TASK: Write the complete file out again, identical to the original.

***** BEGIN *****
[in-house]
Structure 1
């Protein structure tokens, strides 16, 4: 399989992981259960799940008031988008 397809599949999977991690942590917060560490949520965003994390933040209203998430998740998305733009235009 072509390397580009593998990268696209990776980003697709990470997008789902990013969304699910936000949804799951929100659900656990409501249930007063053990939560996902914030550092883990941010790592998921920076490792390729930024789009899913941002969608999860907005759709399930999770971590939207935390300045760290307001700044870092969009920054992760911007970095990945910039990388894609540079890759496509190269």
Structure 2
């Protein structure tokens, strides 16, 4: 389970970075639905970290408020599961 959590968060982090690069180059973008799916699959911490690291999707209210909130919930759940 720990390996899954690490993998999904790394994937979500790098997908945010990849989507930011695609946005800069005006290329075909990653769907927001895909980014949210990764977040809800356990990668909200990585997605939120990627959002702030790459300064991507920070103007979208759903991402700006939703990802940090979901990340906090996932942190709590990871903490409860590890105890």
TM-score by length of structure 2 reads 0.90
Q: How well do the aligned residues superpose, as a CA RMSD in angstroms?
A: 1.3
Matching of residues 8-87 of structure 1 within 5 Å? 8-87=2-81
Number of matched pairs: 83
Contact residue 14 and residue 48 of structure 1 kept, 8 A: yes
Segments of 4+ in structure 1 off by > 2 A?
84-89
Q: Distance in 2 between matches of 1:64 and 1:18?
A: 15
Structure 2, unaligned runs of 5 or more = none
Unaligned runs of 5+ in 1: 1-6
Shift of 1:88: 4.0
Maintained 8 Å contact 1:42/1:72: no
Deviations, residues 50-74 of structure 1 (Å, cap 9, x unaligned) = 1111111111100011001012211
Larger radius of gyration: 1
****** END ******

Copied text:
[in-house]
Structure 1
């Protein structure tokens, strides 16, 4: 399989992981259960799940008031988008 397809599949999977991690942590917060560490949520965003994390933040209203998430998740998305733009235009 072509390397580009593998990268696209990776980003697709990470997008789902990013969304699910936000949804799951929100659900656990409501249930007063053990939560996902914030550092883990941010790592998921920076490792390729930024789009899913941002969608999860907005759709399930999770971590939207935390300045760290307001700044870092969009920054992760911007970095990945910039990388894609540079890759496509190269």
Structure 2
């Protein structure tokens, strides 16, 4: 389970970075639905970290408020599961 959590968060982090690069180059973008799916699959911490690291999707209210909130919930759940 720990390996899954690490993998999904790394994937979500790098997908945010990849989507930011695609946005800069005006290329075909990653769907927001895909980014949210990764977040809800356990990668909200990585997605939120990627959002702030790459300064991507920070103007979208759903991402700006939703990802940090979901990340906090996932942190709590990871903490409860590890105890």
TM-score by length of structure 2 reads 0.90
Q: How well do the aligned residues superpose, as a CA RMSD in angstroms?
A: 1.3
Matching of residues 8-87 of structure 1 within 5 Å? 8-87=2-81
Number of matched pairs: 83
Contact residue 14 and residue 48 of structure 1 kept, 8 A: yes
Segments of 4+ in structure 1 off by > 2 A?
84-89
Q: Distance in 2 between matches of 1:64 and 1:18?
A: 15
Structure 2, unaligned runs of 5 or more = none
Unaligned runs of 5+ in 1: 1-6
Shift of 1:88: 4.0
Maintained 8 Å contact 1:42/1:72: no
Deviations, residues 50-74 of structure 1 (Å, cap 9, x unaligned) = 1111111111100011001012211
Larger radius of gyration: 1